The Shinkansen first appeared in Japan in 1964 more than half a century ago before the rapid development of automobiles and aircraft. At the time, it opened the way for new “high-speed rail” to replace railways around the world, which had become increasingly obsolete for serving as the main transportation system connecting major cities. Subsequently, the development of high-speed rail has become a global trend and is, without a doubt, a “game changer.”
Ever since, the Shinkansen’s perfect combination of the Crash Avoidance principle and total system approach has continued to realize high-speed, high-volume and high-frequency transport with world-class safety and reliability.
As the trajectory and results of development of Japan’s Shinkansen and Taiwan High-Speed Rail, which began operating in 2007, have shown, the Shinkansen is not merely a high-speed transportation system. It is also a social system possessing the power to transform economies, societies and people’s lifestyles as well as significantly reshape countries and regions.
With high-speed rail developing in Europe and Asia and new projects planned in many countries around the world, the International High-Speed Rail Association (IHRA) was established in April 2014 in part to commemorate the 50th anniversary of the opening of the Tokaido Shinkansen.
IHRA is neither a government institution nor a company seeking to procure project orders. It is a global organization grounded in the philosophy of promoting the common good, and one that takes account of the Crash Avoidance principle and total system approach, and aims to contribute to the further development of high-speed rail around the world by promoting international cooperation that includes sharing information, knowledge and experience with countries, which aspire to have a safe high-speed rail system, while, at the same time, adapting such expertise to the actual circumstances in each region and country.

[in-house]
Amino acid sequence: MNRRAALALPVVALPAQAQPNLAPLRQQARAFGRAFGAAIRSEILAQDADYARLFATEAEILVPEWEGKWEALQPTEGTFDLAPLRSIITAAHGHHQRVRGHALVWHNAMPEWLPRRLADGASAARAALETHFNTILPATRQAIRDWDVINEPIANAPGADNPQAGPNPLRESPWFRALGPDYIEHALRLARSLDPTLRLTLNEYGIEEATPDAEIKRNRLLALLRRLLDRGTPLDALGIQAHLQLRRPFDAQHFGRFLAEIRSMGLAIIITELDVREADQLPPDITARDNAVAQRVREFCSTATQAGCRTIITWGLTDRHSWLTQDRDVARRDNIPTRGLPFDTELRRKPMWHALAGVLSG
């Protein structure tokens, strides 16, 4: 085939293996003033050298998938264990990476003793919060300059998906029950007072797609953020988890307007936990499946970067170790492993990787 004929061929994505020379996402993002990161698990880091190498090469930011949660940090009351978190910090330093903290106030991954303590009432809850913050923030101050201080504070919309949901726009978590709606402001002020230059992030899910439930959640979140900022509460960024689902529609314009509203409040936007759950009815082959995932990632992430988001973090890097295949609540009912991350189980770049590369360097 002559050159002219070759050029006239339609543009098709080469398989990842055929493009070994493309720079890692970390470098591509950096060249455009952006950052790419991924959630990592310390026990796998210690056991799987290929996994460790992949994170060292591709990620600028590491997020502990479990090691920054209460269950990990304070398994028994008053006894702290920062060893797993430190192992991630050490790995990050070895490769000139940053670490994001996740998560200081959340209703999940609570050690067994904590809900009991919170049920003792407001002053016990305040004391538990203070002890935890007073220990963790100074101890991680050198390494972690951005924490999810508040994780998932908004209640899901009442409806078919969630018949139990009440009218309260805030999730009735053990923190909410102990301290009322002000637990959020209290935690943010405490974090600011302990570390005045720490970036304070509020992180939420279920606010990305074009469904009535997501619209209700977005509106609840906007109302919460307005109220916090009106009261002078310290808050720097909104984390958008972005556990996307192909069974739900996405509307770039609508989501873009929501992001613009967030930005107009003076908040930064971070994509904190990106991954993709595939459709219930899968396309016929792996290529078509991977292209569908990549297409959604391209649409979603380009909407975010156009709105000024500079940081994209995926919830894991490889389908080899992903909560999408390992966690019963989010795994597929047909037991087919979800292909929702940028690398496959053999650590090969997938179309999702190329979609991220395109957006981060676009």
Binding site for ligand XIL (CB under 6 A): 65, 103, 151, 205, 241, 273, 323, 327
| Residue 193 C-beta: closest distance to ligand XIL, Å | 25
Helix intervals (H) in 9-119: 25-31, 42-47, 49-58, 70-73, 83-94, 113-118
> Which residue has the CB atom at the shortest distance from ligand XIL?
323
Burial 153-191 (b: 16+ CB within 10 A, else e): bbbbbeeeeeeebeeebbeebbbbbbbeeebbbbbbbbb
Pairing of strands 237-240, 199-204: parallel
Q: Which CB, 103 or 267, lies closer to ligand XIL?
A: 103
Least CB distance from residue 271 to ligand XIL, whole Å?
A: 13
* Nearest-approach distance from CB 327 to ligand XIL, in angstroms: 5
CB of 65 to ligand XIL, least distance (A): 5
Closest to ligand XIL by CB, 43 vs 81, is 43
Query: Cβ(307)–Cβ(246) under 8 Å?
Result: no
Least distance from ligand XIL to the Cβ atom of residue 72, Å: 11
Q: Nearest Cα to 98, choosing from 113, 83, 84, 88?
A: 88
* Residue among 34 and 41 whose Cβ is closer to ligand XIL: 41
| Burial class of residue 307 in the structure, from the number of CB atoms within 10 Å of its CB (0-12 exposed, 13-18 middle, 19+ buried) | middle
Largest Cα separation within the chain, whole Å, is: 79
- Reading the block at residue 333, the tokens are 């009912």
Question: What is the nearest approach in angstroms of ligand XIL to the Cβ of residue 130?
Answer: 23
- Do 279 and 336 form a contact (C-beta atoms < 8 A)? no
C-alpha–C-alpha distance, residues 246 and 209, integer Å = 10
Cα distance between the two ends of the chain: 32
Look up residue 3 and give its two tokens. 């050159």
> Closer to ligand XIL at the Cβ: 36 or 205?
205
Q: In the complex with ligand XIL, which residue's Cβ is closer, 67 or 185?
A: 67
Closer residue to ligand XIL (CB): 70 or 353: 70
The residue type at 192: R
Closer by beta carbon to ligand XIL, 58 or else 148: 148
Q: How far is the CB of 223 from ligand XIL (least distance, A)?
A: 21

Welcome to the International High Speed Rail Association (IHRA) website! Thank you for taking the time to visit.
We have information on this website that we hope will be useful to anyone who is contemplating a high speed rail system and for those interested to know why Japan and Taiwan have been so successful with their high speed rail systems.
Most of the criticism of Shinkansen type HSR has focused on the cost of constructing a stand-alone high speed rail line instead of using existing rail infrastructure. The response is simple, existing conventional rail infrastructure is not suitable for frequent high speed service. It is, however, possibly suitable for infrequent service with other conventional services at above average speeds. So it really depends on the situation one faces as one considers high speed rail for their society.
To ensure safety, reliability, and speed and to allow for a future increase of frequency as demand grows, it is imperative to have a dedicated line with no level crossings. The tremendous social transformation that occurs will far outweigh the cost of this new infrastructure over the long term.
I heartily welcome you to explore our website and I look forward to hearing from you.